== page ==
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Given that `n^3-n`  can be factored as n(n+1)(n-1), explain why `n^3-n`  is...

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parama9000 | Student, Grade 11 | (Level 1) Valedictorian

Posted April 23, 2013 at 2:14 PM via web

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Given that `n^3-n`  can be factored as n(n+1)(n-1),

explain why `n^3-n`  is divisible by 2 for any integer value of n.

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ishpiro | Teacher | (Level 2) Associate Educator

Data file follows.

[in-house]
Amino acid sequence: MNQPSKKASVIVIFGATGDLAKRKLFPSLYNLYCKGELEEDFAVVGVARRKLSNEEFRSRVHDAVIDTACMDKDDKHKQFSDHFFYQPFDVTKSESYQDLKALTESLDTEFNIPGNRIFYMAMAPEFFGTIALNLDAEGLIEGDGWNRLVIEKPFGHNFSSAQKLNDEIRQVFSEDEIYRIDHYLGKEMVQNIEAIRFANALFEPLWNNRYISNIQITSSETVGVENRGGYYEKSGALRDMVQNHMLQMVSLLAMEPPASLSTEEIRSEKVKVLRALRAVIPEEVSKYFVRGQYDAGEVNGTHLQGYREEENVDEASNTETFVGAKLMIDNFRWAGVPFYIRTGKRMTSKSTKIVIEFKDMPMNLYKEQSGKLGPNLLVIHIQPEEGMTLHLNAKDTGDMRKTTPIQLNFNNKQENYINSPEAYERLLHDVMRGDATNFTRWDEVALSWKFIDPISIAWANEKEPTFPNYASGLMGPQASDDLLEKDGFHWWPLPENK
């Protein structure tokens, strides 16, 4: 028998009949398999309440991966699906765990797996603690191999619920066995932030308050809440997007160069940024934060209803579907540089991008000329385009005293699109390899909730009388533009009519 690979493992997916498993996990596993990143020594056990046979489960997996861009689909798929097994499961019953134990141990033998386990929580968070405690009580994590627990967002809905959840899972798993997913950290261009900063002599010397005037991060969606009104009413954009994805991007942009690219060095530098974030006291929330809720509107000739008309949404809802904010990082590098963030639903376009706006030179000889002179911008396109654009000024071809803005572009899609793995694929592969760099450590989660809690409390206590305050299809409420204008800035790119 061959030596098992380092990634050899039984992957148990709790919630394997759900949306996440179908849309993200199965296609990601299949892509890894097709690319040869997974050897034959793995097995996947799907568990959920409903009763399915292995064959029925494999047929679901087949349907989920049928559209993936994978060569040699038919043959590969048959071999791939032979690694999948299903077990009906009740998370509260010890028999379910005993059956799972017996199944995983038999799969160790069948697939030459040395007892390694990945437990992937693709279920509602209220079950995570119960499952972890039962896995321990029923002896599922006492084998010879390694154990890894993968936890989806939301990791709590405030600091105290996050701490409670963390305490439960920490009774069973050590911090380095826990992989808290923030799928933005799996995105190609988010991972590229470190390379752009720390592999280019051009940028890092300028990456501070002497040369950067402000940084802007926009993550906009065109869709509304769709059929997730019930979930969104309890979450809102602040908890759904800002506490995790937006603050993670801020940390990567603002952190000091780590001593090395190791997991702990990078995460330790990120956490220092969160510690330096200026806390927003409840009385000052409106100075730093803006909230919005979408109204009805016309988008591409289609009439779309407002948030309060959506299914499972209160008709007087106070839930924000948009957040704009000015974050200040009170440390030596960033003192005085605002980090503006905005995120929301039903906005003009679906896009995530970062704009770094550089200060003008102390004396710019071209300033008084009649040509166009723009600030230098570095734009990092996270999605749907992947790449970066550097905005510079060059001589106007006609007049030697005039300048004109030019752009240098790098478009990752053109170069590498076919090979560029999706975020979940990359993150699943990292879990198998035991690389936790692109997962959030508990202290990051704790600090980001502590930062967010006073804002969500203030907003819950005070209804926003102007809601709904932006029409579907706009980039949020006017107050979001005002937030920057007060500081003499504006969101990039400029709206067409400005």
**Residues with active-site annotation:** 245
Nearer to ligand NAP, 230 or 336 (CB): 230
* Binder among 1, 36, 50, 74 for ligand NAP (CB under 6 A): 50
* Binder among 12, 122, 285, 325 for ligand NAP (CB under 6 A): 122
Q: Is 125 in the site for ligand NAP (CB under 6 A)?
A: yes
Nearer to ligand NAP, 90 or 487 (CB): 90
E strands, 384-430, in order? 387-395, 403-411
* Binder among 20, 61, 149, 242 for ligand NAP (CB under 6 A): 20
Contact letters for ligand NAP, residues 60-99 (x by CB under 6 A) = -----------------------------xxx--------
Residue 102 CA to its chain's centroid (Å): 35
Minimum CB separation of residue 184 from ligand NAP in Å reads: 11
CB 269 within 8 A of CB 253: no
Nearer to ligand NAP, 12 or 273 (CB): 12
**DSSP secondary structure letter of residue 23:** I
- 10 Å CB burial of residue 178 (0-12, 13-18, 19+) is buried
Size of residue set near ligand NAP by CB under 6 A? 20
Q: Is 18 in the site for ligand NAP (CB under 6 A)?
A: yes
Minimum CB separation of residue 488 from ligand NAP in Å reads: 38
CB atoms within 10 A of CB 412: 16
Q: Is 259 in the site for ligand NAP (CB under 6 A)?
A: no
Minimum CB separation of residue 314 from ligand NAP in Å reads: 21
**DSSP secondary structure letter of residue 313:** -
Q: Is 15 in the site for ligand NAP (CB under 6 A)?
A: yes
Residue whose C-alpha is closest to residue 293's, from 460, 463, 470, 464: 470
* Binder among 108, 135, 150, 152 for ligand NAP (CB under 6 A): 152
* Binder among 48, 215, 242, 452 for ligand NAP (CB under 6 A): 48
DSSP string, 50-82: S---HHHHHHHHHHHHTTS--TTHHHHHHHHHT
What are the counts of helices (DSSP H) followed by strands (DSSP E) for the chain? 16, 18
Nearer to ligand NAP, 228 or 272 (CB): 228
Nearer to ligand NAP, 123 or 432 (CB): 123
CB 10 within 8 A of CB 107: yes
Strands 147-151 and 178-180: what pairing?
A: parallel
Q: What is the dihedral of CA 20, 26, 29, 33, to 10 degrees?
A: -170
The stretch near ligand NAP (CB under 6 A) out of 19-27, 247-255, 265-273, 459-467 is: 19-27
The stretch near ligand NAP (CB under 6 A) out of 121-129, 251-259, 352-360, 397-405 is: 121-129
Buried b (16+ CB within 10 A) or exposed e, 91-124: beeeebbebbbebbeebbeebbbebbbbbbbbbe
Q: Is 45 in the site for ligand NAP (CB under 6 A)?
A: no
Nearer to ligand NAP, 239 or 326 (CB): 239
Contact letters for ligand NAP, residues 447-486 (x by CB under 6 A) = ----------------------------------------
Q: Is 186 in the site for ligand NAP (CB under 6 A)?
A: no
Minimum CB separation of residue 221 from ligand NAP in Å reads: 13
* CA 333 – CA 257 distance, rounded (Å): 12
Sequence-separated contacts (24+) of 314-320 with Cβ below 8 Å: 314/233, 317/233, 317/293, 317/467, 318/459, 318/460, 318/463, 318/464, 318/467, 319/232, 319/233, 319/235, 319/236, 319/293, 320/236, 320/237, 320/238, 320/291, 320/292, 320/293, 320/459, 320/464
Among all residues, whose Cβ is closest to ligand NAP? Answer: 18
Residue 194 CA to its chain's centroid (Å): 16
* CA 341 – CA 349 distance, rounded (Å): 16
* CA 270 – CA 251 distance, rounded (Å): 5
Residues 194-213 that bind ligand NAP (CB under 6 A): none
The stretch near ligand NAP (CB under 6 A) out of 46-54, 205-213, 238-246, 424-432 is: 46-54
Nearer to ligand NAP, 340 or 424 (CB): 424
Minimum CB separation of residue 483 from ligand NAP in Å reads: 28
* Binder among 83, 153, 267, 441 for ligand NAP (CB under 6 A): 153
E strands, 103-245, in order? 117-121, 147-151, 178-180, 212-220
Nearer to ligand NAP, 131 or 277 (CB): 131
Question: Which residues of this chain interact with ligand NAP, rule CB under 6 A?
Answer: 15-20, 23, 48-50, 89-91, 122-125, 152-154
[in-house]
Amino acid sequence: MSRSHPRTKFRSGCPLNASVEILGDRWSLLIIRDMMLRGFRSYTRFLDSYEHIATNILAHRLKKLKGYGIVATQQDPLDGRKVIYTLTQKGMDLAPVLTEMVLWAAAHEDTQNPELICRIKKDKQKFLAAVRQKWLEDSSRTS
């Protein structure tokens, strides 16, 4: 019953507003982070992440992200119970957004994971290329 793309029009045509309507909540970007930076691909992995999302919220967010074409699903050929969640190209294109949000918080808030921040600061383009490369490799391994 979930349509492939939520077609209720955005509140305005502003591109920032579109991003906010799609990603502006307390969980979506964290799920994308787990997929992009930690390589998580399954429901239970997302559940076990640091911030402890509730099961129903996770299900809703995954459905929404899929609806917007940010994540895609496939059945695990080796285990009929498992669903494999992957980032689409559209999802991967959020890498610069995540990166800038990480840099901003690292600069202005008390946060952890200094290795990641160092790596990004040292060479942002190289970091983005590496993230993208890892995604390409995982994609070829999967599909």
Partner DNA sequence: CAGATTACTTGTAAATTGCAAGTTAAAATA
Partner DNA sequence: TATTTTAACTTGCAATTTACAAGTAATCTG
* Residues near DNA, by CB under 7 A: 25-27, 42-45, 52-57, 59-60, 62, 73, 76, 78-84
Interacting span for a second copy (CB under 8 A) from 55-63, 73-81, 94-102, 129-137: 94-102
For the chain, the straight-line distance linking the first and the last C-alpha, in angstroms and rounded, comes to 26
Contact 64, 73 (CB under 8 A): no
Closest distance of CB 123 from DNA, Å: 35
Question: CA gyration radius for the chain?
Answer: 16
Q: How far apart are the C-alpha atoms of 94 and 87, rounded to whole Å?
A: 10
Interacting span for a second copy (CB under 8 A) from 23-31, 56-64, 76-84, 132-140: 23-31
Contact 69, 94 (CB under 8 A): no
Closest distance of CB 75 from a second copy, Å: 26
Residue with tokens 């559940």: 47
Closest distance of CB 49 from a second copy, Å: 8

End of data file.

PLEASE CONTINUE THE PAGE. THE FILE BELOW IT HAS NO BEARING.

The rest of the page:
Posted April 23, 2013 at 3:00 PM (Answer #1)

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Since `n^3 - n` can be factored as n(n - 1)(n + 1), for an integer value of n, it is a product of three consecutive integers. For example, 2, 3, 4, or 11, 12, 13.

Every other integer is even, or divisible by 2. If one lists ANY three consecutive integers, at least one of them has to be even.

If at least of of the integers in the produt is even (divisible by 2), then the whole product is divisible by 2 as well, because it contains a multiple of 2.

Therefore, the product of three consecutive integers, or n(n - 1)(n + 1), is divisible by 2.

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